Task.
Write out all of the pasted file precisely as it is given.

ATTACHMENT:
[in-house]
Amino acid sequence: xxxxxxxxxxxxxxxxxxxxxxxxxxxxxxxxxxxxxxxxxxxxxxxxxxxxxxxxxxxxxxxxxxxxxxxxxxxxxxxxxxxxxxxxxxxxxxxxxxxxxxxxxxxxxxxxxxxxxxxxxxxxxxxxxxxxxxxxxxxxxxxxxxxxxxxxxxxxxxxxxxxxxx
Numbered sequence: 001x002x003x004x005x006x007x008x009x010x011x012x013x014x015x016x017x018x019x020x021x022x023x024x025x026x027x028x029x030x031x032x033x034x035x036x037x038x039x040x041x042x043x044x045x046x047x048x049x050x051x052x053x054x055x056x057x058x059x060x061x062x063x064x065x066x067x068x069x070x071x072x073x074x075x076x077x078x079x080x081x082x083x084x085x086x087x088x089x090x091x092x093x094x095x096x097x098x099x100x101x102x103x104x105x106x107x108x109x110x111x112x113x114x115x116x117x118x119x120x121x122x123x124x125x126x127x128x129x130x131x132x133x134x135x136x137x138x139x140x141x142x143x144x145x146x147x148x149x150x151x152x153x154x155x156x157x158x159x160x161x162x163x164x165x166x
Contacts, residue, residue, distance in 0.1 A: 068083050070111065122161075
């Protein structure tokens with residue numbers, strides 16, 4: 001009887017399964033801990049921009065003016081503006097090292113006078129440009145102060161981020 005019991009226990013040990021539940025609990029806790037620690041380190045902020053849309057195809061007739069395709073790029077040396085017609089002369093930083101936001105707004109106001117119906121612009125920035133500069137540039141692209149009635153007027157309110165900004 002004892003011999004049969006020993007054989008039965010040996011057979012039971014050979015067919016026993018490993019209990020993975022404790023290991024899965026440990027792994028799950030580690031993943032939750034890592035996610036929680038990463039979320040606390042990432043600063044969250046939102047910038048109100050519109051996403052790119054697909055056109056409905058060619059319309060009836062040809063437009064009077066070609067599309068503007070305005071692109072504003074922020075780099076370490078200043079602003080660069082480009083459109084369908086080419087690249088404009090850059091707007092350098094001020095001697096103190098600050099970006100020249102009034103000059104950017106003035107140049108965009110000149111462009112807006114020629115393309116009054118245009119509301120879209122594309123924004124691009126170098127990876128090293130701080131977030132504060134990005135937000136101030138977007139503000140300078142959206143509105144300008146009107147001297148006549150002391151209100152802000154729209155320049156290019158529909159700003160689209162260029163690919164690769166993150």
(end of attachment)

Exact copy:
[in-house]
Amino acid sequence: xxxxxxxxxxxxxxxxxxxxxxxxxxxxxxxxxxxxxxxxxxxxxxxxxxxxxxxxxxxxxxxxxxxxxxxxxxxxxxxxxxxxxxxxxxxxxxxxxxxxxxxxxxxxxxxxxxxxxxxxxxxxxxxxxxxxxxxxxxxxxxxxxxxxxxxxxxxxxxxxxxxxxx
Numbered sequence: 001x002x003x004x005x006x007x008x009x010x011x012x013x014x015x016x017x018x019x020x021x022x023x024x025x026x027x028x029x030x031x032x033x034x035x036x037x038x039x040x041x042x043x044x045x046x047x048x049x050x051x052x053x054x055x056x057x058x059x060x061x062x063x064x065x066x067x068x069x070x071x072x073x074x075x076x077x078x079x080x081x082x083x084x085x086x087x088x089x090x091x092x093x094x095x096x097x098x099x100x101x102x103x104x105x106x107x108x109x110x111x112x113x114x115x116x117x118x119x120x121x122x123x124x125x126x127x128x129x130x131x132x133x134x135x136x137x138x139x140x141x142x143x144x145x146x147x148x149x150x151x152x153x154x155x156x157x158x159x160x161x162x163x164x165x166x
Contacts, residue, residue, distance in 0.1 A: 068083050070111065122161075
């Protein structure tokens with residue numbers, strides 16, 4: 001009887017399964033801990049921009065003016081503006097090292113006078129440009145102060161981020 005019991009226990013040990021539940025609990029806790037620690041380190045902020053849309057195809061007739069395709073790029077040396085017609089002369093930083101936001105707004109106001117119906121612009125920035133500069137540039141692209149009635153007027157309110165900004 002004892003011999004049969006020993007054989008039965010040996011057979012039971014050979015067919016026993018490993019209990020993975022404790023290991024899965026440990027792994028799950030580690031993943032939750034890592035996610036929680038990463039979320040606390042990432043600063044969250046939102047910038048109100050519109051996403052790119054697909055056109056409905058060619059319309060009836062040809063437009064009077066070609067599309068503007070305005071692109072504003074922020075780099076370490078200043079602003080660069082480009083459109084369908086080419087690249088404009090850059091707007092350098094001020095001697096103190098600050099970006100020249102009034103000059104950017106003035107140049108965009110000149111462009112807006114020629115393309116009054118245009119509301120879209122594309123924004124691009126170098127990876128090293130701080131977030132504060134990005135937000136101030138977007139503000140300078142959206143509105144300008146009107147001297148006549150002391151209100152802000154729209155320049156290019158529909159700003160689209162260029163690919164690769166993150």